32. Her compassion. I have seen her weep and rejoice, genuinely, for things that most people would hardly notice. Most of us, even when we notice people or animals in distress, will do something about it. She is a person of action
  33. Her character. Even when someone does her wrong, she will never return evil for evil
  34. Her approachability. It is uncanny how just about anywhere and everywhere we go, random people will just strike up a conversation with her. She is so friendly, people are just naturally drawn to her
  35. She knows me. Very few people in my life have known what makes me tick. No one has ever known me as she does. She instinctively knows what will touch and bless my heart
  36. She is protective. As a mama bear, she can be very mild-mannered…until someone goes after someone she loves
  37. Her dorkosity. Yeah, I just made that word up. But I love how we can walk into a Walmart, and she’s not afraid to grab a hula hoop and show how it’s done!
  38. Her receptive spirit. We have had many, many deep, introspective conversations. She is very open to my observations. She is not trying to compete with me. She is eager to see herself through my eyes, and that maybe she’s not as bad as she thinks
  39. Her values. She had many other options available to her when choosing who she would allow into her heart. But despite the inherent challenges of a long distance relationship, she was willing to give the guy in California a chance based on the unique connection they had
  40. She is my best friend. As much as we have a romantic connection, it would mean nothing were it not for the friendship we have developed. There is no one on earth I trust with my innermost thoughts and feelings. There is no one I’d rather spend my time with, even if the activity isn’t an enjoyable one. And even though I’ve been blessed with wonderful people in my life, I am more complete and fulfilled when I am sharing them with her, and her with them

I am blessed. I’ve said it many, many times. I am blessed beyond my merit. God’s grace is demonstrated when He gives us what we don’t deserve. I can’t think of anything I’ve done in my life, or ever will do that would make me deserving of Sarah-Jane and these relatively few qualities that set her apart.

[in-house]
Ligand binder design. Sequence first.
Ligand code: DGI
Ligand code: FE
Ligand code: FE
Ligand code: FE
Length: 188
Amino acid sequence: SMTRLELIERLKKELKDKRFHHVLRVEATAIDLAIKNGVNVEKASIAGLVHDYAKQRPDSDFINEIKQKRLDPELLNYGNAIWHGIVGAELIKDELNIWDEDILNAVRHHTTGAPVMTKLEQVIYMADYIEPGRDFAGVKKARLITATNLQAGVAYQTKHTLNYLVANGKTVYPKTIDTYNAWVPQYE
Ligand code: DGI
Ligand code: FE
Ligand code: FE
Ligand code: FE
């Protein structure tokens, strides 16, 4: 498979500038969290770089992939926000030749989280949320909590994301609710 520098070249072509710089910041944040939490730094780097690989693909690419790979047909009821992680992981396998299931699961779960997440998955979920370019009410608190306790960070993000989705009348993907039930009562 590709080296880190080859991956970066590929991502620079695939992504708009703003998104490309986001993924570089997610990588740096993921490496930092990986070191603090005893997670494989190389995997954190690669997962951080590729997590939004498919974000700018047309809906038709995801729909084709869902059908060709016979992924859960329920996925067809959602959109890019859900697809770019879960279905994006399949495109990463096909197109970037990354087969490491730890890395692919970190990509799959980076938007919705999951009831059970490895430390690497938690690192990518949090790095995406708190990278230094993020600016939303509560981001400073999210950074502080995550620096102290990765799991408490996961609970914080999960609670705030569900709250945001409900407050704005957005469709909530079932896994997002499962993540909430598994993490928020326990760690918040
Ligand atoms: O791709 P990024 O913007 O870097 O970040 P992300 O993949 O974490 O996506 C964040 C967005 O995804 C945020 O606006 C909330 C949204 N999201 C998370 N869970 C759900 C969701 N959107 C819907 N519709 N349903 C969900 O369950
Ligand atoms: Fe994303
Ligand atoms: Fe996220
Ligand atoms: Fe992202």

I pray that this day, and every day after, she will be blessed beyond her wildest imagination. She gives and gives. She loves and loves. She expects nothing in return. From anybody. She inspires me every single day.

Thank you, Sarah-Jane, for changing my life. Happy Birthday!

The heart of a mom

Today is Mother’s Day. As I reflect upon this day, missing my mom, I think of the wonderful gifts to us that mother’s can, and should be. Sadly, there are many among us who do not experience the best of what mothers bring. For them, I have to imagine that this day can be hollow.

One need to look no further than the life of Jesus to understand that the mother/child relationship is intensely significant. We’re left to speculate about Jesus’ younger days. This also means we do not know what it must have been like for his parents. Because he was perfect and without sin, we can infer that he obeyed her when she asked him to take care of chores. If he was given a curfew when to be home, we can rest assured he was home on time, if not early. But this doesn’t mean it was easy. It is unnatural for a parent to outlive their children. How this mother’s heart must have been torn to shreds as her beloved son went from hero to villain in the hearts of the people in the span of one short week. The torture, the mocking, the brutal public death. All within view of his mother. And yet, from the cross, as his breaths were drawing few and far between, he looked down and made assurances his mother would be taken care of.